As we end September and begin October, the feel of fall is truly upon us. The days and nights are cooler, the leaves are changing colors at a quickening pace and some leaves are falling into the field while we work. At this time of the year I start peeking at the weather ahead to see what’s in store for us. I love how fall vegetables sweeten as the temperatures overnight begin to drop but there are also a lot of vegetables still growing that don’t enjoy sub 40 degree weather. And that’s what we’re looking at on Friday night this week. I’ll have to keep an eye on things to see what will need to be done. It looks like there will be a lot of clearing of crops that are cold sensitive and covering crops that are frost sensitive. Doing this will help us minimize food waste.
Meanwhile, last week we were kept busy with our continued harvest and fall cleanup projects. As well as a little planting. In addition to the CSA, the farm is also doing a weekly farm stand and sales to both Coltivare and the Culinary Arts program, so there’s a good amount to harvest and get ready each week. The cleanup project, and it’s a big one, that got started this past week was to begin sanitizing our seedling trays for next season’s transplants. I have a love/hate relationship with plastic, so we reuse our plastic seedling trays (and our plastic drip tape) for as long as possible. In doing so, it’s important for us to start off each season with clean trays to minimize the possibility of any disease transmission. And on the planting front, I was optimistic that we were going to have some warm temps. That thinking motivated me to try and squeeze in a final planting of some salad radishes and arugula. They’re both relatively fast growing crops. I’ll keep my fingers crossed that we have enough warm days.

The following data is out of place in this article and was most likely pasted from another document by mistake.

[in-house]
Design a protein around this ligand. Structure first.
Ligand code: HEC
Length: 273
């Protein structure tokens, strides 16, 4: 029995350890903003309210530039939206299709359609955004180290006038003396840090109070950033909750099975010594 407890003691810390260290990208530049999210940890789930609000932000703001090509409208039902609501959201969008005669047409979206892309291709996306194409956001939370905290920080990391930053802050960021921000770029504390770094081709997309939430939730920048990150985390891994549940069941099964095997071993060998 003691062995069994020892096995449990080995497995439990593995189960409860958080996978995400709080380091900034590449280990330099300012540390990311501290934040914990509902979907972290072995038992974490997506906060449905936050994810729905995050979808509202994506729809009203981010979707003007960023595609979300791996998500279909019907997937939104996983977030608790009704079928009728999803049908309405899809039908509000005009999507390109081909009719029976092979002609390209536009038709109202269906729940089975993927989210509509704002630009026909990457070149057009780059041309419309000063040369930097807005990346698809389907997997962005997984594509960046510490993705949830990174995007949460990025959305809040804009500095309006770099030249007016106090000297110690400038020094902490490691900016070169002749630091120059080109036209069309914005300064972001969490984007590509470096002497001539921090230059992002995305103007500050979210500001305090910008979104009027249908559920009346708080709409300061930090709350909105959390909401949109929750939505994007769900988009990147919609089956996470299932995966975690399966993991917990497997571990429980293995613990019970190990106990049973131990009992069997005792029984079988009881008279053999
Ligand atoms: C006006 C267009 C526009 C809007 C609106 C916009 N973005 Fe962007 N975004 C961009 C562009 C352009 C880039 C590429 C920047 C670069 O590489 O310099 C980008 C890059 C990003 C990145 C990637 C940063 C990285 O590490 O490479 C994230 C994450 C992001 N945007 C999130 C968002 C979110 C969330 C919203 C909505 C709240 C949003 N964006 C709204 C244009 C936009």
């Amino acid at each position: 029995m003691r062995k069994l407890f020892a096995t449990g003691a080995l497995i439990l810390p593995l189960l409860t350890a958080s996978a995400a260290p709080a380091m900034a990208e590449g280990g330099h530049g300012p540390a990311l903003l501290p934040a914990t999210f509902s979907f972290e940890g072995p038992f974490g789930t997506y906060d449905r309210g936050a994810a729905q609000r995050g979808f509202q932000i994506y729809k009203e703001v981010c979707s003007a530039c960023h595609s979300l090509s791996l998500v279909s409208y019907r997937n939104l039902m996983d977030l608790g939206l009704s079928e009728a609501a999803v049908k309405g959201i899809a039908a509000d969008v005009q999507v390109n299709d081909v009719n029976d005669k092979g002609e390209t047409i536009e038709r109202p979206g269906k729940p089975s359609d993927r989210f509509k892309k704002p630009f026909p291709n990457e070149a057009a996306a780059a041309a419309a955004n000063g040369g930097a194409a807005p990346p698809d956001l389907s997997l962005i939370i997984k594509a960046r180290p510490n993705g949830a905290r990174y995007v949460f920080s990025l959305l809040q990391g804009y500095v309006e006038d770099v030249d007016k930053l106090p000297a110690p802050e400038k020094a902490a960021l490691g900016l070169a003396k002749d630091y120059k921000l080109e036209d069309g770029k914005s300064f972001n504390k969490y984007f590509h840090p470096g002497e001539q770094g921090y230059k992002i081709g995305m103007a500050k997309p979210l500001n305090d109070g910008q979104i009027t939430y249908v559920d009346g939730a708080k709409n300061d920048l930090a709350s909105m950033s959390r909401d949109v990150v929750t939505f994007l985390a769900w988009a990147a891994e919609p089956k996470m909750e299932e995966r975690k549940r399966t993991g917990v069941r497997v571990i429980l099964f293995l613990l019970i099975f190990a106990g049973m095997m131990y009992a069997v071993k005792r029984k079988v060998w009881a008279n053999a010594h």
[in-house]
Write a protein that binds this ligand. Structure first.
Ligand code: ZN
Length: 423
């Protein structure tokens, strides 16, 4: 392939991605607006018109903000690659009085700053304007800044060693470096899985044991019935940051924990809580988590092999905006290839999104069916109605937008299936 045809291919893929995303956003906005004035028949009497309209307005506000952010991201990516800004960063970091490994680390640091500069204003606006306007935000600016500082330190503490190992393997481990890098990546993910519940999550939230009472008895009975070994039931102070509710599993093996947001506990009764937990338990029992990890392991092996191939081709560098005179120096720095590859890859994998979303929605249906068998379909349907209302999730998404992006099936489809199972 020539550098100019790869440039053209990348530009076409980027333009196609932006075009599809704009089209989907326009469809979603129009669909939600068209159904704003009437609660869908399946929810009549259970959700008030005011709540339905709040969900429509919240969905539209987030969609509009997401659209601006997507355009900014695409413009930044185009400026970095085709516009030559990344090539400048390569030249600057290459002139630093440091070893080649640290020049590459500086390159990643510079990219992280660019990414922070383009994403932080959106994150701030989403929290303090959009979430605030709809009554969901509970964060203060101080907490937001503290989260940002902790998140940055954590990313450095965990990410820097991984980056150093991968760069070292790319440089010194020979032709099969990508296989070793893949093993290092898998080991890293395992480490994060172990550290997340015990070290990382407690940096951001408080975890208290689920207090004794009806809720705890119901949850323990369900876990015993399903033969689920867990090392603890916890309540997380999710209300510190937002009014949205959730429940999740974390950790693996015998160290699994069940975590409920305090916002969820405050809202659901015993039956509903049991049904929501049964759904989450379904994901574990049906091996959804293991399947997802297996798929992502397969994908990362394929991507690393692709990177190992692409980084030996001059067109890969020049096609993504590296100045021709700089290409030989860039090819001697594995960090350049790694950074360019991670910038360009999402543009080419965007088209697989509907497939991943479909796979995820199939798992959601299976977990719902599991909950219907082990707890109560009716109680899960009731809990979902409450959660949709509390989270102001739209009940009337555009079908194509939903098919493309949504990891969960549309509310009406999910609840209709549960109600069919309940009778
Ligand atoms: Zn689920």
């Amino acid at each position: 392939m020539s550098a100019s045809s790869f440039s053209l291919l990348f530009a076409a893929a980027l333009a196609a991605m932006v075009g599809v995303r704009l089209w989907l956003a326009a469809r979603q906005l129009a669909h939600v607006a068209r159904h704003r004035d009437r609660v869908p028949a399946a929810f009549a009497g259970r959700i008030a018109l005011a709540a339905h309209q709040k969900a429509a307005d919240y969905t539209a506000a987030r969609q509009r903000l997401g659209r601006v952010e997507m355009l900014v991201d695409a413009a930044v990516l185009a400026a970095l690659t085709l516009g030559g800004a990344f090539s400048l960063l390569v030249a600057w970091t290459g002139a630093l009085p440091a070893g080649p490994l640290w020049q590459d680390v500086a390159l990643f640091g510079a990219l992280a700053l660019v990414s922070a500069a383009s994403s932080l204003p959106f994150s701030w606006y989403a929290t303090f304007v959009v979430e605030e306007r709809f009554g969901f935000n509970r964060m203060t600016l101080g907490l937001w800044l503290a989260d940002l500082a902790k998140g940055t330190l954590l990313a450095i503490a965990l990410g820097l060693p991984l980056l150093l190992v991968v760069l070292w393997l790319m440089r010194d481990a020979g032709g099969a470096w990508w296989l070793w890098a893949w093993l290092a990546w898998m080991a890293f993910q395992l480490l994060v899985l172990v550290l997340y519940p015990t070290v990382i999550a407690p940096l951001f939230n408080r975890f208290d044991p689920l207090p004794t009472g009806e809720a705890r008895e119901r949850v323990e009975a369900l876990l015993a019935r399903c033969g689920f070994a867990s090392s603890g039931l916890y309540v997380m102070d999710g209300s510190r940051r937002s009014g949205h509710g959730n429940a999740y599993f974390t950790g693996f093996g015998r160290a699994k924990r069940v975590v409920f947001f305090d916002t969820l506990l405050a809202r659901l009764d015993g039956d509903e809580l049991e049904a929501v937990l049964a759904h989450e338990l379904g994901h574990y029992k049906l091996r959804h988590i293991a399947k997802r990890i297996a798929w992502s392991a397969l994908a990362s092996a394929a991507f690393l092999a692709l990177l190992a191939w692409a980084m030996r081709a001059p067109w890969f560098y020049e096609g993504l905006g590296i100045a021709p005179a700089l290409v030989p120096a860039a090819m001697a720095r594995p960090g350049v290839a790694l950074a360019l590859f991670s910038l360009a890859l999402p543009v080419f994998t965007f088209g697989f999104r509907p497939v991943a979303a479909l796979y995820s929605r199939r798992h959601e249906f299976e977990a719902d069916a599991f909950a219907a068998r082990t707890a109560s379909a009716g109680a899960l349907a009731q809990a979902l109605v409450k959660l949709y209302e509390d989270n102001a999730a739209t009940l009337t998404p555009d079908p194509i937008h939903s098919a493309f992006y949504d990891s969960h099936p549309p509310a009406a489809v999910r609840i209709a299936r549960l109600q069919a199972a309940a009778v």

This week’s CSA choice will still have tomatoes. The beefsteak, cherries and heirlooms are still chugging along. There will be kale, rainbow chard, stir fry mix (the bok choi/tat soi) and lettuce mix. As well as sweet peppers, hot peppers, eggplant (both varieties), beets, tomatillos, black radishes, a mix of herbs and a newcomer this week. The new crop this week is kohlrabi. If you’re not familiar with this wonderful little veggie, you’re in for a treat. I find them to look like little UFOs but they taste so sweet. A lot of folks like to roast them or put them in soups. When they are this small size, they are very tender. I trim off the leaves, which I save to saute and peel the kohlrabi with a paring knife. I then just slice it up and add them to a salad. It’s a whole lotta crunchy goodness. I may also have time to harvest some basil tomorrow. We tried to sneak in a late planting in the field and with the impending weather, basil is a crop that does not like the sub 40 degree weather. It’s not as pretty as the basil that was in the season earlier but it’s out there.
Have a great week!